Skilling explains cold spring in Chicago
Not since 1965 has the first day of spring been so cold in Chicago.
The official high on Wednesday was 25 degrees, the chilliest peak daytime reading here in a month. The reading was 23 degrees below the normal for March 20 and 60 degrees colder than the high of 85 a year ago. In fact, the first 20 days of March were 23.7 degrees behind the same period a year ago.
The unseasonable chill is being driven by the so-called Greenland block: A vast reservoir of warmer than normal air stretching from northern Russia across the North Pole and into northeast Canada and pushing Arctic air into the Lower 48.
That flood of frigid air is being fostered by a snowpack that covers twice the real estate it did at this time last year, running from the Rockies across the northern Plains and Upper Midwest.
So as Chicagoans and fellow Midwesterners shiver through abnormally low temperatures, coastal areas of Baffin Island and Labrador province in northeastern Canada, as well as on much of Greenland’s coastline, are experiencing warmer weather.
The Greenland block is expected to affect our weather in the closing weeks of March and into early April.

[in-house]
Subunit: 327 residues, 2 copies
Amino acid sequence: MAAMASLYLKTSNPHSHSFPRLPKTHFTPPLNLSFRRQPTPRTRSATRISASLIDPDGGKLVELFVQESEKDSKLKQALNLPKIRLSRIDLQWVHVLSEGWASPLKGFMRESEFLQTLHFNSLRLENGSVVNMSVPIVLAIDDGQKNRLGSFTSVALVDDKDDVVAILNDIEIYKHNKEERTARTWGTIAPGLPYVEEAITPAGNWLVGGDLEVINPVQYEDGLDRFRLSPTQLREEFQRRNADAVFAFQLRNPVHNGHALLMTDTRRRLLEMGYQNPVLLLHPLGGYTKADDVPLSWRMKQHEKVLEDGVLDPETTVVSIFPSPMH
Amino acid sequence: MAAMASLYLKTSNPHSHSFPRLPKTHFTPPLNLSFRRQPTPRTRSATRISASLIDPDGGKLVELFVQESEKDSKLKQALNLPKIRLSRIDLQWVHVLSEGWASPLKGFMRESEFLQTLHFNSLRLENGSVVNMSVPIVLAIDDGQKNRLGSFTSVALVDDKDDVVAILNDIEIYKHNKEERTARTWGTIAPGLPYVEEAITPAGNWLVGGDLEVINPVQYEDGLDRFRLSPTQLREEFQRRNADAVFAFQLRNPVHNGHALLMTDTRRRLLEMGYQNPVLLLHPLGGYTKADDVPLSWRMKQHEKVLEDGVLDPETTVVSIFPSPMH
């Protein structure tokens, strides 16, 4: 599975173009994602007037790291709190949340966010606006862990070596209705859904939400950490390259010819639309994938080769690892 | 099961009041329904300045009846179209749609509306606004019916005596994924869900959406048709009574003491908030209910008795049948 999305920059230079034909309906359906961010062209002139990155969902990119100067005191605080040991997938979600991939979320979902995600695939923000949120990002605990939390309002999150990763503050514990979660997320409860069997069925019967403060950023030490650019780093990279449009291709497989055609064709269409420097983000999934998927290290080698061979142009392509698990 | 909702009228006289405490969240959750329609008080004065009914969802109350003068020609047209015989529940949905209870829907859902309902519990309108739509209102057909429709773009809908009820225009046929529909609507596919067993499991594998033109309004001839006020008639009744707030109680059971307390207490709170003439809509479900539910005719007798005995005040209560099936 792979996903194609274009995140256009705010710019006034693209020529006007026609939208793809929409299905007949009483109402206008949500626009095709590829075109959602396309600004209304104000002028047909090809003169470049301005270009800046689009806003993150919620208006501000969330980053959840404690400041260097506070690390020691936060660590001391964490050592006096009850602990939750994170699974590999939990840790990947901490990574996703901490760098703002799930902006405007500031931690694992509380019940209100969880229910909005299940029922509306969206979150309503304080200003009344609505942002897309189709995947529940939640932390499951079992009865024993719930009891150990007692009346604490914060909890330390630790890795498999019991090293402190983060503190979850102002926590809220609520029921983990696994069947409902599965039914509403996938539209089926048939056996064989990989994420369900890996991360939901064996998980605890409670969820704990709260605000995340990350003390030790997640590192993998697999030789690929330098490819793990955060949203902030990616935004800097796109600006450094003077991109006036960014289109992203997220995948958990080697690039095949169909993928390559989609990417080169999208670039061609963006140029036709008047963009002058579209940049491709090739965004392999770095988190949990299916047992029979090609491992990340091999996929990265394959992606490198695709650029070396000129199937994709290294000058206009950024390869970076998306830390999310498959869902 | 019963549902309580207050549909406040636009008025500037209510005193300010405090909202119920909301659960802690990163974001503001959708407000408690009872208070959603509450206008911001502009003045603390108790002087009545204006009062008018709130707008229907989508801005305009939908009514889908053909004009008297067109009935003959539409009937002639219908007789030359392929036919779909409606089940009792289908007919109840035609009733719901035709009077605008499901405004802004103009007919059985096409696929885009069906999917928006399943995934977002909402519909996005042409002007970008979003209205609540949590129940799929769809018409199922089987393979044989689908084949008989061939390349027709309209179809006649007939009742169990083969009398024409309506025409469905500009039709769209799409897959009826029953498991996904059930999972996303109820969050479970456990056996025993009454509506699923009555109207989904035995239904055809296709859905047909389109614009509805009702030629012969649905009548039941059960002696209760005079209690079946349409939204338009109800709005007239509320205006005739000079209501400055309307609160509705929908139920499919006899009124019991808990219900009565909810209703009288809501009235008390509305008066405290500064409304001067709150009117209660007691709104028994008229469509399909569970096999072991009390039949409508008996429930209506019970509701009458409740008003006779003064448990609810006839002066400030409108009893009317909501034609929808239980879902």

Meanwhile, the latest storm to churn off the Pacific Ocean could impact the Midwest this weekend. A range of model forecasts puts the storm on a track from Texas into the Ohio Valley Saturday night into Sunday. Varied barometric pressures between that system and a huge Canadian high to the north are to set up a broad area of vigorous northeast winds.
Given the cold air predicted to hold here into next week, this could set the stage for lake snow showers and flurries.
The track currently generated by a number of computer forecast models places the system’s heaviest snowfall to Chicago’s south. But the Chicago area is close to the storm’s “action zone” and developments will have to be monitored in coming days.
A more northerly track could unleash significant snow on Chicago, though by no means is that a sure thing.